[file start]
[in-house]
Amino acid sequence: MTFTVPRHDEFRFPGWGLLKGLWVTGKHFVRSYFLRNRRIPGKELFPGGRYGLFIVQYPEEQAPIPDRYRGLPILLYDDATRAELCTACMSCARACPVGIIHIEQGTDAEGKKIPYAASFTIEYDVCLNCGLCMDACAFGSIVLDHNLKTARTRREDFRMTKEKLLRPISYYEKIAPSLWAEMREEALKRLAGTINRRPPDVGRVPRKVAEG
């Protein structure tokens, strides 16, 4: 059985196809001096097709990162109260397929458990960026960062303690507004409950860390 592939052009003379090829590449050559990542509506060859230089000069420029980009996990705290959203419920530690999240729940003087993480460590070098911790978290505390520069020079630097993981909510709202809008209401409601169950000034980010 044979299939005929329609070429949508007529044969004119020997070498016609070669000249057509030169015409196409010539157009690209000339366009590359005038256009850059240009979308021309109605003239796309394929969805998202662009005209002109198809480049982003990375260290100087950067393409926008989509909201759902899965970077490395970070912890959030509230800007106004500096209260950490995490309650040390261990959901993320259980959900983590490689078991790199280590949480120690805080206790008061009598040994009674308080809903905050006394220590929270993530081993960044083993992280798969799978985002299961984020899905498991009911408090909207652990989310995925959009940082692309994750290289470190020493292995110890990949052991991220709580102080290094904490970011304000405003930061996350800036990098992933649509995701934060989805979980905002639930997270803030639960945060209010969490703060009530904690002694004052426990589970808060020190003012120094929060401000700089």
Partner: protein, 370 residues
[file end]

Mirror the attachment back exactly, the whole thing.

[in-house]
Amino acid sequence: MTFTVPRHDEFRFPGWGLLKGLWVTGKHFVRSYFLRNRRIPGKELFPGGRYGLFIVQYPEEQAPIPDRYRGLPILLYDDATRAELCTACMSCARACPVGIIHIEQGTDAEGKKIPYAASFTIEYDVCLNCGLCMDACAFGSIVLDHNLKTARTRREDFRMTKEKLLRPISYYEKIAPSLWAEMREEALKRLAGTINRRPPDVGRVPRKVAEG
């Protein structure tokens, strides 16, 4: 059985196809001096097709990162109260397929458990960026960062303690507004409950860390 592939052009003379090829590449050559990542509506060859230089000069420029980009996990705290959203419920530690999240729940003087993480460590070098911790978290505390520069020079630097993981909510709202809008209401409601169950000034980010 044979299939005929329609070429949508007529044969004119020997070498016609070669000249057509030169015409196409010539157009690209000339366009590359005038256009850059240009979308021309109605003239796309394929969805998202662009005209002109198809480049982003990375260290100087950067393409926008989509909201759902899965970077490395970070912890959030509230800007106004500096209260950490995490309650040390261990959901993320259980959900983590490689078991790199280590949480120690805080206790008061009598040994009674308080809903905050006394220590929270993530081993960044083993992280798969799978985002299961984020899905498991009911408090909207652990989310995925959009940082692309994750290289470190020493292995110890990949052991991220709580102080290094904490970011304000405003930061996350800036990098992933649509995701934060989805979980905002639930997270803030639960945060209010969490703060009530904690002694004052426990589970808060020190003012120094929060401000700089």
Partner: protein, 370 residues